The Leadership Game Plan: Jay Friedman, COO Goodway Group, Discusses the Four Pillars of Trust
Do you have the leadership skills to grow a company from 30 employees to nearly 300 team members?
It’s a daunting question to answer but a necessary one. Growth is a fundamental necessity for any organization. But the skills required to influence 300 employees is significantly different from the skills needed to influence 30.
John C. Maxwell, the author of The 21 Irrefutable Laws of Leadership, explains “...leadership ability is the lid that determines a person’s level of effectiveness. The lower an individual’s ability to lead, the lower the lid on his potential.”
If you are a weak leader, then your company can not grow and eventually it will die.
I would consider Jay Friedman, COO Goodway Group, as an effective leader; one with a high lid on his leadership potential. Friedman poses the entrepreneurial spirit and mindset, but Jay also understands his limits.
Friedman knew that he needed a partner. Someone that is not only wicked smart but who complements his weaknesses. Jay found that in Dave Wolk, President Goodway Group.
Let’s read Jay’s interview where he shares many insights -- I especially love the Gallup’s Q12. The survey of 12 questions sounds like an excellent tool for measuring employee engagement.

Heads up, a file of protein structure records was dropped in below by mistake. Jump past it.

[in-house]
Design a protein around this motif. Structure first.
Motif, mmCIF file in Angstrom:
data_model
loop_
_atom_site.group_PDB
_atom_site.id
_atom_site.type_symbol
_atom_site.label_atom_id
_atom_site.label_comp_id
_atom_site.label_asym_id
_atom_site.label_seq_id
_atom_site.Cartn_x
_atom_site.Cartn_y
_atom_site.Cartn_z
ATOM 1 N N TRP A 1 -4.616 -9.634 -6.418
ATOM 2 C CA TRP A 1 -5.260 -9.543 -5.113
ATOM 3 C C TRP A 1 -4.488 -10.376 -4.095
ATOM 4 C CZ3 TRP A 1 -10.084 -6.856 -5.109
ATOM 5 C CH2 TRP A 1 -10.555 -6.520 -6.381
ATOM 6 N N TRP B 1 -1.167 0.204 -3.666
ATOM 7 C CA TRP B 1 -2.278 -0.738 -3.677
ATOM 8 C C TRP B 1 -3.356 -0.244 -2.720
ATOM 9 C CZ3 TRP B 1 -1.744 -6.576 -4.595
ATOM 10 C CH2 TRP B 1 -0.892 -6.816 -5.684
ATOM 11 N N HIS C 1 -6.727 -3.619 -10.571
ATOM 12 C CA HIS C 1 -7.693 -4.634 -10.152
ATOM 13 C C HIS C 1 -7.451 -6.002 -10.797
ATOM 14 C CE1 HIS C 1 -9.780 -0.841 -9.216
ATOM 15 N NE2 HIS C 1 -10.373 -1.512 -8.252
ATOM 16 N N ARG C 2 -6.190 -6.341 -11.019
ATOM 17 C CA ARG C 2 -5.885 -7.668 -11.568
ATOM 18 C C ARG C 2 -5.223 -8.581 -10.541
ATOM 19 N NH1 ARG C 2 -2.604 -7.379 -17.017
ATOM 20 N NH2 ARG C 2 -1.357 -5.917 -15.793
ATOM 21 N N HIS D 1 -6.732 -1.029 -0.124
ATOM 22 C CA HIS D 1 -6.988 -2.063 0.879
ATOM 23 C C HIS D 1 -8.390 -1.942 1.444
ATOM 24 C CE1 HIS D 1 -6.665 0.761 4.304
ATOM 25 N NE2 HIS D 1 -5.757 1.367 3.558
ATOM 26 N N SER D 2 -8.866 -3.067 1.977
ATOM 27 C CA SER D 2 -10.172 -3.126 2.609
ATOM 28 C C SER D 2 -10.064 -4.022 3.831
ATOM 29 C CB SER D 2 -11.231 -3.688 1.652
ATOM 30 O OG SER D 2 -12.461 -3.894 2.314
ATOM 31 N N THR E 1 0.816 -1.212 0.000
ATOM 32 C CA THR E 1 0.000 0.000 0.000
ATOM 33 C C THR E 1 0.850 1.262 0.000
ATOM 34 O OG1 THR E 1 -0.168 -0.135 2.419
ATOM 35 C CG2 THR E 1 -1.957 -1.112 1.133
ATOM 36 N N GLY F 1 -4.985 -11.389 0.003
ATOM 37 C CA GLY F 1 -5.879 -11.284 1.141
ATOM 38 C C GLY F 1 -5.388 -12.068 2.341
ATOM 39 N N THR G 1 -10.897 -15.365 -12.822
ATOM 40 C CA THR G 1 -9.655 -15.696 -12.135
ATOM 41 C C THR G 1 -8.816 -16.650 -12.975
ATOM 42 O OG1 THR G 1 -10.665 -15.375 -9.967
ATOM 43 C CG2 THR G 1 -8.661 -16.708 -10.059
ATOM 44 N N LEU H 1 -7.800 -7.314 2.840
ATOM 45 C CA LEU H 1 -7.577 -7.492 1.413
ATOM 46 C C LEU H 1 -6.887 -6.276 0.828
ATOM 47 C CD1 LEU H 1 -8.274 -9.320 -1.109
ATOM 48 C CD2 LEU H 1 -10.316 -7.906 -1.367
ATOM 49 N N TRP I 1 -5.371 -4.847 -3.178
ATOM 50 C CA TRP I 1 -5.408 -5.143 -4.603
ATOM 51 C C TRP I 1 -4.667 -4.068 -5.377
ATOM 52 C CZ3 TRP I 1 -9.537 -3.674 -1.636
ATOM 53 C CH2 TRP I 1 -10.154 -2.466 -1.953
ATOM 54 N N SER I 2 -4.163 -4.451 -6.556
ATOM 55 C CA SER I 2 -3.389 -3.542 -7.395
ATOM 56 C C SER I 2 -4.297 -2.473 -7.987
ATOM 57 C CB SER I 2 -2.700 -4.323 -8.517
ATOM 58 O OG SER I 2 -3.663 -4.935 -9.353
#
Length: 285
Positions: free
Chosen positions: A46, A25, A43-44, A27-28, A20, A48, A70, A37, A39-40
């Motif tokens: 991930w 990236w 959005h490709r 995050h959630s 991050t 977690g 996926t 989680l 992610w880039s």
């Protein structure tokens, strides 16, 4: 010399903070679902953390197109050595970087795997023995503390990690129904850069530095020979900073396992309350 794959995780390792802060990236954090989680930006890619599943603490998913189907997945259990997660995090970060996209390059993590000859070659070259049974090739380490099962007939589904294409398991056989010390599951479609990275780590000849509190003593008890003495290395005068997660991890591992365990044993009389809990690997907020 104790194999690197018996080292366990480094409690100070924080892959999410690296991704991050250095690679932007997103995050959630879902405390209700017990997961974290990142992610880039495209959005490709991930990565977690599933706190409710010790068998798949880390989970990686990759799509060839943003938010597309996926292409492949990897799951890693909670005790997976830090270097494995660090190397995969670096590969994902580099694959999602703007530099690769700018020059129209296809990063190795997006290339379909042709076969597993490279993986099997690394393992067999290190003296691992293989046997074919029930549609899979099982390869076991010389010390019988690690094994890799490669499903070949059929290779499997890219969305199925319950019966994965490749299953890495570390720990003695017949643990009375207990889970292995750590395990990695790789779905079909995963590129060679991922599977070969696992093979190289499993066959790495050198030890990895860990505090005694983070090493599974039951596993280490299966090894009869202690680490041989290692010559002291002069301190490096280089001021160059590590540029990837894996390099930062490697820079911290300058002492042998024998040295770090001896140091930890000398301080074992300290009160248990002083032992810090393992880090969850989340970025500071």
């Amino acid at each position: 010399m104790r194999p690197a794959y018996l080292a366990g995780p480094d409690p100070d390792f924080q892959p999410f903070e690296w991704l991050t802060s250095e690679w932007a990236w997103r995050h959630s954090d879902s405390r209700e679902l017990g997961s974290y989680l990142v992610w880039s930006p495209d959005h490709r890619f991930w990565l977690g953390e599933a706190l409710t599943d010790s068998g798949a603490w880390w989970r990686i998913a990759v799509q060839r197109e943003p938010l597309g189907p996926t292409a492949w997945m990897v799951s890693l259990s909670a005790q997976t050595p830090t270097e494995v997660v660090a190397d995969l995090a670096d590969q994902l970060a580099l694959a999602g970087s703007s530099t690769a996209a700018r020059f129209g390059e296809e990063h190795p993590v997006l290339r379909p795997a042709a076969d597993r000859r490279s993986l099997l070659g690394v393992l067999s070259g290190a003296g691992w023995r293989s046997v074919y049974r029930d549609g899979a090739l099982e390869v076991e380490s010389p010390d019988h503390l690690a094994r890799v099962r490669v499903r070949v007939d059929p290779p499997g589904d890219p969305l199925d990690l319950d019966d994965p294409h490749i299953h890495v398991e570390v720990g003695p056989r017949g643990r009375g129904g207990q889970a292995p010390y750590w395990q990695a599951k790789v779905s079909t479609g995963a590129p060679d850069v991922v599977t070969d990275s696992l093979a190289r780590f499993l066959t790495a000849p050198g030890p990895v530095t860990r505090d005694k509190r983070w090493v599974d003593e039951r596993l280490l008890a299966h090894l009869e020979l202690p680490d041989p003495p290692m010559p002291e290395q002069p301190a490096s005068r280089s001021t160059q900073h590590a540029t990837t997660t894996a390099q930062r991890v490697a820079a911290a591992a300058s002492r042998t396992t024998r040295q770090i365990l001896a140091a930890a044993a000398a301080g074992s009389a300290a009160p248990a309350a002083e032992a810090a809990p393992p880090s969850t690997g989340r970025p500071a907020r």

So Jay, what’s your story?
I have the entrepreneurial spirit and mindset when it comes to seeing gaps in a market and knowing the right product or service to create to fill those gaps. I absolutely lack the risk tolerance to be a full-on entrepreneur. That’s why when I met my partner Dave Wolk it was such a great fit.
Dave was running a 3rd generation printing and promotions business with a great sales force and client base. I saw a large gap in serving regional agencies and clients in digital media. Rather than quit my job and start from scratch, we teamed up and started what would become a four-year transition to becoming the largest independent programmatic media services company on the planet.
When we teamed up in 2006 the company was just over 30 people. Today we’re just shy of 300, with revenues growing commensurately. The Dave/Jay combination is a powerful one, a heart and brain combo as we put it. Dave is the culture, the soul, and the warmth of the company that enables our amazing employee retention. I create and execute on the vision of the company and lead the strategy to achieve that vision.
Why should leaders lead? And when they do, what is their first responsibility?
Leaders are passionate about a cause and inspire others to follow through a combination of facts, inspiration, charisma, and credibility. We are passionate about a few different things here at Goodway, one of which is regional agencies and local marketing. There is nothing better than sitting down with the owner of one of our clients and having them tell me that through our partnership they’ve been able to pitch and win bigger business. This means they’ve been able to grow their business and further build on their vision and passion.
Identifying one single first responsibility is a bit like deciding which is more important, the heart or the brain. I believe it’s two-pronged and great leaders constantly weave them together. The two prongs are the people and the cause. When done right, an outsider wouldn’t be able to distinguish one from the other when speaking to employees at a company.